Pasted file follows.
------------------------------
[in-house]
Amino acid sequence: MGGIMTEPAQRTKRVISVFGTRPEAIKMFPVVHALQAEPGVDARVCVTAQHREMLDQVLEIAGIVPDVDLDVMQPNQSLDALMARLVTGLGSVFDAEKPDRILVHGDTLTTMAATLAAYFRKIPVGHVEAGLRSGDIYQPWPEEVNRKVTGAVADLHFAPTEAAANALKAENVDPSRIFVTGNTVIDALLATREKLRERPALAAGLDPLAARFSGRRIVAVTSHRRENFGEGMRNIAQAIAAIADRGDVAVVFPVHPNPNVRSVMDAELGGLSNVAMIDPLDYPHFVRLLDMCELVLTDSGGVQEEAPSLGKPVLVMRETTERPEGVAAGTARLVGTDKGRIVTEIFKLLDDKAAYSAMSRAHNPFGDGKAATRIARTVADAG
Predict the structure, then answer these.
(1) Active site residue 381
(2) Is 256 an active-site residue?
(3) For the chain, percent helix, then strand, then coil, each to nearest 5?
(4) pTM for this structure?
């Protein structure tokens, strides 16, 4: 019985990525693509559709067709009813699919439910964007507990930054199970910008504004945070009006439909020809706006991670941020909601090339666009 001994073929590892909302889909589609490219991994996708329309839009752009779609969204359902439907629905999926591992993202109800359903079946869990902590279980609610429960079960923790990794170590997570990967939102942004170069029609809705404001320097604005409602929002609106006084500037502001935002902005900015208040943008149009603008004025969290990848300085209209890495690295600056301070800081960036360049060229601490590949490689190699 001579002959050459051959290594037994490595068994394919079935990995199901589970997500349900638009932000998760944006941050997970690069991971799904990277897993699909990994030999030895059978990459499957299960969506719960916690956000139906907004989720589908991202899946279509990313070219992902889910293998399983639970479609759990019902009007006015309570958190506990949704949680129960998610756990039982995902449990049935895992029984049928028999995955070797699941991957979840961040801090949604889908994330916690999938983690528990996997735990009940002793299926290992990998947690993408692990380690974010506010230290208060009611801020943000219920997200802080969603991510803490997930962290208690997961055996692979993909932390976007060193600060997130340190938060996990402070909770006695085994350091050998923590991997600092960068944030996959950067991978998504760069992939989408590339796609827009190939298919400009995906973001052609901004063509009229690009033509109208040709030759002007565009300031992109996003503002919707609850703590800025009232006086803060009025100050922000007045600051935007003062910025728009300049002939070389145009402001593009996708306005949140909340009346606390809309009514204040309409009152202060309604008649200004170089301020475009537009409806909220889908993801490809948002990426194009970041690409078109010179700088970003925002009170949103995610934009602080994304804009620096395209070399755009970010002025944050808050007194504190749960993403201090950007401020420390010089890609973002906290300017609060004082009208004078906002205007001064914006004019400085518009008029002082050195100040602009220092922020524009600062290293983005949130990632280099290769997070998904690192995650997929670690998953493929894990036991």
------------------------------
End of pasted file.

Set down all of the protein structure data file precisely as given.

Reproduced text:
[in-house]
Amino acid sequence: MGGIMTEPAQRTKRVISVFGTRPEAIKMFPVVHALQAEPGVDARVCVTAQHREMLDQVLEIAGIVPDVDLDVMQPNQSLDALMARLVTGLGSVFDAEKPDRILVHGDTLTTMAATLAAYFRKIPVGHVEAGLRSGDIYQPWPEEVNRKVTGAVADLHFAPTEAAANALKAENVDPSRIFVTGNTVIDALLATREKLRERPALAAGLDPLAARFSGRRIVAVTSHRRENFGEGMRNIAQAIAAIADRGDVAVVFPVHPNPNVRSVMDAELGGLSNVAMIDPLDYPHFVRLLDMCELVLTDSGGVQEEAPSLGKPVLVMRETTERPEGVAAGTARLVGTDKGRIVTEIFKLLDDKAAYSAMSRAHNPFGDGKAATRIARTVADAG
Predict the structure, then answer these.
(1) Active site residue 381
(2) Is 256 an active-site residue?
(3) For the chain, percent helix, then strand, then coil, each to nearest 5?
(4) pTM for this structure?
């Protein structure tokens, strides 16, 4: 019985990525693509559709067709009813699919439910964007507990930054199970910008504004945070009006439909020809706006991670941020909601090339666009 001994073929590892909302889909589609490219991994996708329309839009752009779609969204359902439907629905999926591992993202109800359903079946869990902590279980609610429960079960923790990794170590997570990967939102942004170069029609809705404001320097604005409602929002609106006084500037502001935002902005900015208040943008149009603008004025969290990848300085209209890495690295600056301070800081960036360049060229601490590949490689190699 001579002959050459051959290594037994490595068994394919079935990995199901589970997500349900638009932000998760944006941050997970690069991971799904990277897993699909990994030999030895059978990459499957299960969506719960916690956000139906907004989720589908991202899946279509990313070219992902889910293998399983639970479609759990019902009007006015309570958190506990949704949680129960998610756990039982995902449990049935895992029984049928028999995955070797699941991957979840961040801090949604889908994330916690999938983690528990996997735990009940002793299926290992990998947690993408692990380690974010506010230290208060009611801020943000219920997200802080969603991510803490997930962290208690997961055996692979993909932390976007060193600060997130340190938060996990402070909770006695085994350091050998923590991997600092960068944030996959950067991978998504760069992939989408590339796609827009190939298919400009995906973001052609901004063509009229690009033509109208040709030759002007565009300031992109996003503002919707609850703590800025009232006086803060009025100050922000007045600051935007003062910025728009300049002939070389145009402001593009996708306005949140909340009346606390809309009514204040309409009152202060309604008649200004170089301020475009537009409806909220889908993801490809948002990426194009970041690409078109010179700088970003925002009170949103995610934009602080994304804009620096395209070399755009970010002025944050808050007194504190749960993403201090950007401020420390010089890609973002906290300017609060004082009208004078906002205007001064914006004019400085518009008029002082050195100040602009220092922020524009600062290293983005949130990632280099290769997070998904690192995650997929670690998953493929894990036991």